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Early Mainframe Aids Oil Exploration

System/360 users recall their experience using the mainframe to record seismic profiler data


When IBM launched the System/360 series of computers it inadvertently (or maybe advertently) entered the oil business by way of the realm of the “doodlebug”—the generally accepted name for people engaged in seismic prospecting for oil.

 

Doodlebug is the common name for the Antlion, which spends its time digging holes in the sand into which unsuspecting small insects may fall and become lunch. Evidence of this activity is a pattern of semi-collapsed holes linked by the tracks of said doodlebug. Similarly, the seismic profiler spends time drilling holes all over the desert, filling them with dynamite and blowing them up, while leaving heavy and visible tracks between the holes.

In between the holes, lines of shock detectors (geophones) were spread out to detect and time shock wave echoes reflected back from deep subsurface strata. Output from these many detectors was fed back to a central recording apparatus located in an air-conditioned truck referred to as the doghouse. There, the data was plotted as sets of wiggly lines representing time in milliseconds versus voltage amplitude—referred to as seismic records. These records, when suitably corrected, could inform geophysicists where oil might accumulate if it existed in the area, and hence pinpoint the most appropriate spot to drill an oil well.

These records were originally recorded on paper. Advancing technology allowed the data to be recorded on magnetic tape for entry to special purpose analog computers for automatic correction and display. In the late ’50s, work carried out at MIT and Stanford demonstrated that, were the data available in digital form, the records could be input to digital computers and subjected to far more sophisticated correction methods, allowing for much better interpretation.

One geophysical contractor GSI, a subsidiary of Texas Instruments, built a special purpose computer called TIAC (Texas Instruments Automatic Computer) that featured a non-standard, one-inch, 21-track tape drive format and many unbreakable patents. This computer was initially a great success and for a time it appeared a single company would dominate the industry and subject others to expensive licensing agreements.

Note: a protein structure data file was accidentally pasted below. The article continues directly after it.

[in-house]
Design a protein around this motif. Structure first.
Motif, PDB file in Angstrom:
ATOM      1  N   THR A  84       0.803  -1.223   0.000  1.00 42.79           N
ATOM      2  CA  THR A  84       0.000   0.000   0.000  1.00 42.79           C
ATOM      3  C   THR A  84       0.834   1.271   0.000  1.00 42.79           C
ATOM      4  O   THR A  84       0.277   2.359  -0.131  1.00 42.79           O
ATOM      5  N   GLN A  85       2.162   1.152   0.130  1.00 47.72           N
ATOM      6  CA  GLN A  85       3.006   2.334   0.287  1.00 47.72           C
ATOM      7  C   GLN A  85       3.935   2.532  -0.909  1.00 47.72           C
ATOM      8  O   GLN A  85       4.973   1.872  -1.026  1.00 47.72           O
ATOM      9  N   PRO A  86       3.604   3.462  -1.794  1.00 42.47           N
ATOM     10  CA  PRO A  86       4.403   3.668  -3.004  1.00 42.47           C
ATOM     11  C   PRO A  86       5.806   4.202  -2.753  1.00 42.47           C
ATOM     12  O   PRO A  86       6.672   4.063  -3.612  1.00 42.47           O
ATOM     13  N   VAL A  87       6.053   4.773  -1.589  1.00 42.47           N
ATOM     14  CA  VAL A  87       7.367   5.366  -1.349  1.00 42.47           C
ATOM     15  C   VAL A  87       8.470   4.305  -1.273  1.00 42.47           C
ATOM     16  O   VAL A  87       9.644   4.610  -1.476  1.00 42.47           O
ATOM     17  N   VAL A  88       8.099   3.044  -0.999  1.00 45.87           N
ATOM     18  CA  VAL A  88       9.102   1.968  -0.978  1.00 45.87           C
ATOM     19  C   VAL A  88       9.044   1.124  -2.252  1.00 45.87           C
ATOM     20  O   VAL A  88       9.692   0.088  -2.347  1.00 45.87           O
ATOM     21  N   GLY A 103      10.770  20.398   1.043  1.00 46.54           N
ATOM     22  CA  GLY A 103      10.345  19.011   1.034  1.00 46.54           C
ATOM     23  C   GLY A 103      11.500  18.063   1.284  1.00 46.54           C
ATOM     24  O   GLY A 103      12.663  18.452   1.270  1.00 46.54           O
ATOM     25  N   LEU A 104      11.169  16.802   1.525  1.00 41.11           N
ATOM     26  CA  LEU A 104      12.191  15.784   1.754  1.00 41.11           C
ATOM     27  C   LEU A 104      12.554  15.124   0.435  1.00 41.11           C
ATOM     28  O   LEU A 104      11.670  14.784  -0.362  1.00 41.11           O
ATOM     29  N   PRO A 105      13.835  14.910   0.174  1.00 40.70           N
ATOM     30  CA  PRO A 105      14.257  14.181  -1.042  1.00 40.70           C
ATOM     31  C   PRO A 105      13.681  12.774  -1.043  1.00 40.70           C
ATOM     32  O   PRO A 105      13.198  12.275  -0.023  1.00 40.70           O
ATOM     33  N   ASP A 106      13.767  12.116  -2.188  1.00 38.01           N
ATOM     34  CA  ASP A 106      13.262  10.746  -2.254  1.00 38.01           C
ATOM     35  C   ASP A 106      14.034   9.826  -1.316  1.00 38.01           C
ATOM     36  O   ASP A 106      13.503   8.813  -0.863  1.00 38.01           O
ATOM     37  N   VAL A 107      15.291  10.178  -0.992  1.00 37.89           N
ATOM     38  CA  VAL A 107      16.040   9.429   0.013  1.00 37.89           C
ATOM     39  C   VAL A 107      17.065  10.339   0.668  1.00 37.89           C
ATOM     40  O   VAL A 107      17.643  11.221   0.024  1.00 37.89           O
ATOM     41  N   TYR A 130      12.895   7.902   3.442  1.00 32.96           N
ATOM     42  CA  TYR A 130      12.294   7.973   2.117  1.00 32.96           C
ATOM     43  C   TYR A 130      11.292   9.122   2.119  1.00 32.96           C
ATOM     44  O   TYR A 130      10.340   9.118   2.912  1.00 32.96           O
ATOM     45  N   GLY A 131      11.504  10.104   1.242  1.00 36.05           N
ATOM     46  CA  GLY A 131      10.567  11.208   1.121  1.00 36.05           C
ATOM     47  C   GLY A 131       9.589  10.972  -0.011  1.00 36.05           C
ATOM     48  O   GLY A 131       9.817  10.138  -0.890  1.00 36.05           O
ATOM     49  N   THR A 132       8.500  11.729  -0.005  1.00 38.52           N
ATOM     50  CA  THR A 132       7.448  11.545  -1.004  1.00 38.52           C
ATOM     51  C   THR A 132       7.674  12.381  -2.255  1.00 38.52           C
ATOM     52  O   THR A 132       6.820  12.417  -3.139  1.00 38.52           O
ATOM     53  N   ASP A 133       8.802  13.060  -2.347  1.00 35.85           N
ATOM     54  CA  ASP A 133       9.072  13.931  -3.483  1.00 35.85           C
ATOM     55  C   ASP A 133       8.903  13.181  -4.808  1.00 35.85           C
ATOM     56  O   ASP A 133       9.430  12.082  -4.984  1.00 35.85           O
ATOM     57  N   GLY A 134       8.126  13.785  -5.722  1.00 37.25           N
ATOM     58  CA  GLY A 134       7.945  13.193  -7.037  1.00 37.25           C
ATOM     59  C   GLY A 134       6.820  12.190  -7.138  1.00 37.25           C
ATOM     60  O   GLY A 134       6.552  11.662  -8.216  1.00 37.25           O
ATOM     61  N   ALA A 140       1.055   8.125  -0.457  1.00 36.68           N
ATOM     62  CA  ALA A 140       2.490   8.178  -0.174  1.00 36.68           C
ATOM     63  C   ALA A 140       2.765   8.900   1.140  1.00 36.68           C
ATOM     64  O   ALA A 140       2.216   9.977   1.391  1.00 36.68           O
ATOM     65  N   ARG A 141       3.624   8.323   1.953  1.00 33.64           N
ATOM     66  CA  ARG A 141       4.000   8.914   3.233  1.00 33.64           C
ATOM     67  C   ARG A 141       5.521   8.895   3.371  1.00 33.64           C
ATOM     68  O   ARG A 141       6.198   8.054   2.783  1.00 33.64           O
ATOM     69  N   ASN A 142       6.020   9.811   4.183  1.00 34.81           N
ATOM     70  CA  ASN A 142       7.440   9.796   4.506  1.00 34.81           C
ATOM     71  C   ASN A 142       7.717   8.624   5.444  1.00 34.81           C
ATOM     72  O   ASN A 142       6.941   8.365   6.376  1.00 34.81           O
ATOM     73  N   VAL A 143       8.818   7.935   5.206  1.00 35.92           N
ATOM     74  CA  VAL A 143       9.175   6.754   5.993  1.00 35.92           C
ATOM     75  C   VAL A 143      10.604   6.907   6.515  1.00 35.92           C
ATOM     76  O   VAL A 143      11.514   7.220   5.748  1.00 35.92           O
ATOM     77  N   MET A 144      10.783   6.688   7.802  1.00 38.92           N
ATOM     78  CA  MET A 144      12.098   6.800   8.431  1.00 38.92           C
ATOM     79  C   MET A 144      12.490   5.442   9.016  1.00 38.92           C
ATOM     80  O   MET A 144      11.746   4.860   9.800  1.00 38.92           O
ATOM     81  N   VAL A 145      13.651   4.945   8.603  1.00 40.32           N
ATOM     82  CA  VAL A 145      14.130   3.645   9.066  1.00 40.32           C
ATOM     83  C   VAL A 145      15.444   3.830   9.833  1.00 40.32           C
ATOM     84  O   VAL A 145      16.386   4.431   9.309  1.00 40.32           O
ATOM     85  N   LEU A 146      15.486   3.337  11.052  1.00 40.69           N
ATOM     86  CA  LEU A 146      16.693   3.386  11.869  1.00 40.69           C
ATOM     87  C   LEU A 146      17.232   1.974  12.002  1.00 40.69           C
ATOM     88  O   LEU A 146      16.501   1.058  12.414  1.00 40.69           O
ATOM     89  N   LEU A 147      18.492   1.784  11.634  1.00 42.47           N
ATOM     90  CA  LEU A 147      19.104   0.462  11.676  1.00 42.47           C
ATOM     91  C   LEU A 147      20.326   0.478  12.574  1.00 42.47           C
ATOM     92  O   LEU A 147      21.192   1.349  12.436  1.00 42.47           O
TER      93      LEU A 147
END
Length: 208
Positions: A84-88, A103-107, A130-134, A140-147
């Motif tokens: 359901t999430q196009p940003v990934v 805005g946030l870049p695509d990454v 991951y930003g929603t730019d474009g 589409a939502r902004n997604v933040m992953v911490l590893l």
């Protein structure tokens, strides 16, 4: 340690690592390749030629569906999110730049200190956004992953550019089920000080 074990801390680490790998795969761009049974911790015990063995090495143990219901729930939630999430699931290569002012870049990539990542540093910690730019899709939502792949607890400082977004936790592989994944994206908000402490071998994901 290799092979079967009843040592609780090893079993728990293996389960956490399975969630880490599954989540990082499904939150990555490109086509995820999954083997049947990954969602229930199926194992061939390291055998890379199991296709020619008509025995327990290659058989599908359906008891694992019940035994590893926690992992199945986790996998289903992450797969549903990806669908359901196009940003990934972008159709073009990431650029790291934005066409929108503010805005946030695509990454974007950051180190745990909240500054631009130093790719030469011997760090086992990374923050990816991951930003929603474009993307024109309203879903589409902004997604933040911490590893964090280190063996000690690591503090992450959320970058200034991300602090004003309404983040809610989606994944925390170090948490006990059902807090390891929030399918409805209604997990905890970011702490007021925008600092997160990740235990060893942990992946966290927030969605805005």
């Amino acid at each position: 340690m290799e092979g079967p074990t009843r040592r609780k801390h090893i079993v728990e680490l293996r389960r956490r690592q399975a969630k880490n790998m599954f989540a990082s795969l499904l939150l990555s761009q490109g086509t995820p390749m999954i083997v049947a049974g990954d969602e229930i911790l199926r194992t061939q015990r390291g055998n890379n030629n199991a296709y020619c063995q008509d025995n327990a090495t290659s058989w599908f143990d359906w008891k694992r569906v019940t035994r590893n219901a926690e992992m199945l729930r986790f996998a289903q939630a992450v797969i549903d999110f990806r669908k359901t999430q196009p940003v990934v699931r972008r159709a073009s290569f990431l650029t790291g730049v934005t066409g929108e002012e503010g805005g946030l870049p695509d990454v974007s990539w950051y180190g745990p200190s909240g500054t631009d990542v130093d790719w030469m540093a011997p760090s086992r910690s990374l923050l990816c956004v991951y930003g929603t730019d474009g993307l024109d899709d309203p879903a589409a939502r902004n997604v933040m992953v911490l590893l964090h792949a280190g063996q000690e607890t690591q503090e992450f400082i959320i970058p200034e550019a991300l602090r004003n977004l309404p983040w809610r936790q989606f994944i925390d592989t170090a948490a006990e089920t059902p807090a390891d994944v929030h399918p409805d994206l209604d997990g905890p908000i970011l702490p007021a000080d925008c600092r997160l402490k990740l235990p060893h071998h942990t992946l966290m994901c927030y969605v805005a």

In the highly competitive oil business, such a condition could not endure for very long and the other contracting companies looked around for a solution. In 1964 they believed they had found it in the announcement of the IBM System/360 series, a general-purpose, commercially available computer with an industry-standard tape drive and no messy geophysical patents. IBM made haste to encourage this approach, as there was a lot of money to be made in oil!

In 1964 the primary oil source, Saudi Arabia, was dedicated to the TIAC system. However the latest boom area was the Kingdom of Libya and in this country the most prolific and successful of exploration companies was a small Houston-based organization called Robert H. Ray Geophysical (RayGeo). Under a contract with this company, IBM in mid 1965 ventured to the shores of Tripoli with one of its earliest released models: a System/360 Model 40. This joint venture proved highly successful and by 1970 the general purpose nature of the 360 series made the “special purpose” computer obsolete. Ultimately GSI abandoned the TIAC in favor of the IBM line of computers and “IBM compatiable” became the new industry standard.

 

Don Townsend was educated at Acton College London and by the Royal Air Force. In 1965, while employed as a Seismic Observer by Ray Geophysical in Libya he received some training from IBM. He then assisted with the installation of the first RayGeo system 360 Model 40 in Tripoli, Libya and in the generation of the initial seismic software system. In 1973, he was manager of worldwide system support for Petty-Ray Div. Geosource Inc. In 1995, he retired from Halliburton Exploration Services as manager of systems development. He currently enjoys retirement in Texas and Oregon, depending on the season.

George Dalrymple graduated from the University of Glasgow and, after an undistinguished five years in the missile industry, joined RayGeo in Libya in 1961 advancing to seismic observer.


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